How to fix muscle imbalances

Early in my career, I would spend a significant amount of time trying to “correct” a client’s muscular imbalances. These were deficits or patterns that I identified during a practical assessment in the gym.

For some clients (mainly those who suffer from chronic pain), this was the right decision. But otherwise it meant we didn’t really spend enough time training. More importantly, it was probably the wrong decision.

Unless you’re dealing with injuries or other pre-existing conditions, there’s probably nothing to worry about. Yeah you’re following a good training plan (more on that below).

As human beings, we are made to move through life asymmetrically. Slight differences in strength (and stability) from side to side are completely normal. And if you are an athlete, trying to correct or eliminate asymmetries or imbalances could impair your performance.

However, if you have a significant strength deficit on one side, it could also lead to injury down the road, as the weaker side is also most likely not as stable.

So where do you draw the line? An easy test is to judge your workouts based on 3 variables.

You probably don’t need to worry if you’re following a solid training plan because a good training program is corrective. He ensures that significant balances are unlikely and that he is training in a way that will accommodate all of the most common deficiencies.

As long as your training checks the following 3 boxes with your training, you are likely to eliminate most muscle imbalances over time.

Variable #1: Do your workouts include reaching exercises?

Because we spend a lot of time in front of computers and sitting down, you’ll often hear that a 2:1 push-pull ratio is just right. So, for example, you should do at least 2 sets of rows for every set of bench press.

While this can help you correct any strength imbalances you may have (and that’s important), we need to dig deeper if you want a healthy, pain-free upper body.

During a bench press setup (using a barbell or dumbbell), we are taught to squeeze our shoulder blades into the bench. This retraction (joints) and compression position creates a solid shelf for pressing.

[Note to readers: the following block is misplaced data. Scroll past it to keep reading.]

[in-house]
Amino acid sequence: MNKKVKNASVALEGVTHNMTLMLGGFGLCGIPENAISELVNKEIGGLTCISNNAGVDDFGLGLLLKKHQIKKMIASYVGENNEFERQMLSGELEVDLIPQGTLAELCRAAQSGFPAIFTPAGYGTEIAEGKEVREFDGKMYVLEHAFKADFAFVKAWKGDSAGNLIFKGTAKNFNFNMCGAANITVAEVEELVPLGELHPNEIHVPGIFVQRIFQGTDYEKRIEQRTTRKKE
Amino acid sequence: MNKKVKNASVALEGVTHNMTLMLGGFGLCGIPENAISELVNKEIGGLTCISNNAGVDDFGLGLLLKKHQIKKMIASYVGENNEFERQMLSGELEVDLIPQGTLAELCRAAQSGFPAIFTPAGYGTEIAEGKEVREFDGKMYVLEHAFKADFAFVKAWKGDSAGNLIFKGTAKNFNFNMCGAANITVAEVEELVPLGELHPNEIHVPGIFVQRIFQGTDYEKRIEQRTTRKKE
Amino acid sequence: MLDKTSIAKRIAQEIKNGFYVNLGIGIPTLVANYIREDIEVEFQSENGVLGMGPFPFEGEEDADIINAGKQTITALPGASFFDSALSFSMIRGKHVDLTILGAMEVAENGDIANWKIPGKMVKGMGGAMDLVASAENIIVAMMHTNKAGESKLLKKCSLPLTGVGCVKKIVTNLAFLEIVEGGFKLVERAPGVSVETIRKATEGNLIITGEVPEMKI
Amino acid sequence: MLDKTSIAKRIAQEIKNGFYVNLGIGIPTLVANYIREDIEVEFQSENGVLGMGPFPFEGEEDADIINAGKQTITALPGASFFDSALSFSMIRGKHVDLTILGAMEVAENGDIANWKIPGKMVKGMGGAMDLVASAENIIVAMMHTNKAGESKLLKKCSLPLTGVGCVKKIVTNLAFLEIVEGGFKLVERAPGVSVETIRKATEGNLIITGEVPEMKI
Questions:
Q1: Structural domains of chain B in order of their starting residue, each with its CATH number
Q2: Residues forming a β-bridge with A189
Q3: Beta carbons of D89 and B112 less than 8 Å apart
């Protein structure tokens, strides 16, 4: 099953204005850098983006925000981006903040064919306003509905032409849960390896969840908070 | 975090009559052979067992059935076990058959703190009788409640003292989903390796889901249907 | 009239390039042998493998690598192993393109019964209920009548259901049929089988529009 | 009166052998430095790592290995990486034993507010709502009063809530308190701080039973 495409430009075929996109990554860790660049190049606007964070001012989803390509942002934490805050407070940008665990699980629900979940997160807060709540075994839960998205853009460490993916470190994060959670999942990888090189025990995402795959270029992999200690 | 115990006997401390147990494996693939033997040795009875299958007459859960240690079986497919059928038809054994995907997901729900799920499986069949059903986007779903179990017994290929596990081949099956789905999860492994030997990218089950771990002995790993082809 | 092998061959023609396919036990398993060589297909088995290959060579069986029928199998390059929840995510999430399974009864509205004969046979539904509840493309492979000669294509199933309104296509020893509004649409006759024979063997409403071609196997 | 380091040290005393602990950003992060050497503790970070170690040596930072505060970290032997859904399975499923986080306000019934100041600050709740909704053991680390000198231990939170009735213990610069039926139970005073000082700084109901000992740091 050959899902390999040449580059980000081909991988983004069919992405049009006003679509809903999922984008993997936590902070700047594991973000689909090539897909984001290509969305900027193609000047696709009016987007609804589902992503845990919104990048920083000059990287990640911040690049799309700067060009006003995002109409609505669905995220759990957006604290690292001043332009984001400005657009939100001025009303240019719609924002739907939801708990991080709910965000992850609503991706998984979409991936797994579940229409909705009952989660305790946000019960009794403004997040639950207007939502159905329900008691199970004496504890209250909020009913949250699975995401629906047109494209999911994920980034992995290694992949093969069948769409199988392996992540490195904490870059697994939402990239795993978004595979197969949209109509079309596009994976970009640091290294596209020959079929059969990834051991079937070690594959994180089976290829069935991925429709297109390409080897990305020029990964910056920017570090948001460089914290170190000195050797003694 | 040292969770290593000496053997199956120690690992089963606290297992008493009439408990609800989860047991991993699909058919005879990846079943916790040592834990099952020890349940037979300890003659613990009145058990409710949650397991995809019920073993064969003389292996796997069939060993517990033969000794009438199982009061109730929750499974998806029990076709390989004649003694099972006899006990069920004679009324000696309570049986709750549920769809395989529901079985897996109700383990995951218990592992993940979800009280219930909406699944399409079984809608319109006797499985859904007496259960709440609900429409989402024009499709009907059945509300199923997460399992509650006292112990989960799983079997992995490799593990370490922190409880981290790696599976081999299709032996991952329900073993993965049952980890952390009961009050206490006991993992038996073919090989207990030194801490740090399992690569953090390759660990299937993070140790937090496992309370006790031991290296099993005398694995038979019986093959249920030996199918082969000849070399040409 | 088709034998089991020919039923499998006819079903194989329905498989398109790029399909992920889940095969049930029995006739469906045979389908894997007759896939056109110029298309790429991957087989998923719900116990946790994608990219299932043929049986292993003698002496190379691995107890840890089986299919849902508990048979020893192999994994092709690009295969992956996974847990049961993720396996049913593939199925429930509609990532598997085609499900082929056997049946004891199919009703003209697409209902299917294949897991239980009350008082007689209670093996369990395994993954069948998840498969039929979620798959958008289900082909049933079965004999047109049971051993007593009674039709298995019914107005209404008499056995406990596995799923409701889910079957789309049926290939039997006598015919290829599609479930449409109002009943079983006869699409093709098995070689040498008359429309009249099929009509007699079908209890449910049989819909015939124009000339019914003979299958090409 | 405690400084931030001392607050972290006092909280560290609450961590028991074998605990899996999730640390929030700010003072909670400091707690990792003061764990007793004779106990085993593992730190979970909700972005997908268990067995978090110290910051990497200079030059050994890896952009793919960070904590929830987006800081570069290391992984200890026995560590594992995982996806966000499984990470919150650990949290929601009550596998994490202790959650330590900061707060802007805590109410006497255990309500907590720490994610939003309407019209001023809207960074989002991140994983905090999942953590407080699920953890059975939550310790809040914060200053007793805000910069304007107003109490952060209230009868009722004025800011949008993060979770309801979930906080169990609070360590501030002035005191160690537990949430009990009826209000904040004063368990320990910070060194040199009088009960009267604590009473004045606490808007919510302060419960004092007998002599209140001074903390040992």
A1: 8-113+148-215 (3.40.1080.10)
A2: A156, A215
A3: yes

The problem is that exercises intended to balance the bench press (pulling exercises like seated rows) end up with your shoulder blades together and your back compressed.

In other words, if we look at the position of the shoulder blades during many push-pull exercises, it doesn’t make much of a difference.

That’s why it’s important to switch some of your pushing exercises, which are often geared toward pressing with a barbell or dumbbells, to reaching exercises like push-ups and landmine presses.

Where the bench press and row squeeze the shoulder blades back, reaching movements open the shoulder blades (called protraction). That means they oppose (or balance) both pushing and traction exercises.

Variable #2: Does your training include single leg (and single arm) training?

Are your workouts based solely on compound exercises like back squats and barbell bench presses? In that case, you’re likely allowing subtle strength and stability imbalances to develop. These can lead to injuries on the road.

If you want to build balanced side-to-side strength, you need to add single-limb movements. Do you need some inspiration? Here are some ideas to help you get started.

Single leg exercises:

One-arm exercises:

Pro Tip: When choosing weights, let your weaker side guide your load selection. That might mean it’s easier at first for your stronger arm, but this will even out. Do not raise the weight until both arms (or legs) can do the same amount of weight for the same number of repetitions.

Variable #3: Does your warmup include mobility movements?

Muscle imbalances can develop when your movement is restricted or you spend hours stuck in the same posture. The fix: Include exercises in your warmup that improve your mobility to help you with a more comfortable range of motion.

That doesn’t mean you need a 20-minute warm-up.

Here it is a movement which targets the ankles, hips, and thoracic spine, three areas of the body that tend to be the most restricted.

or try this Site preparation series pre-workout to open the back and hips.

If you check those boxes and stay consistent, you may have some slight variations, but they probably won’t be enough to cause a problem or lead to injury.

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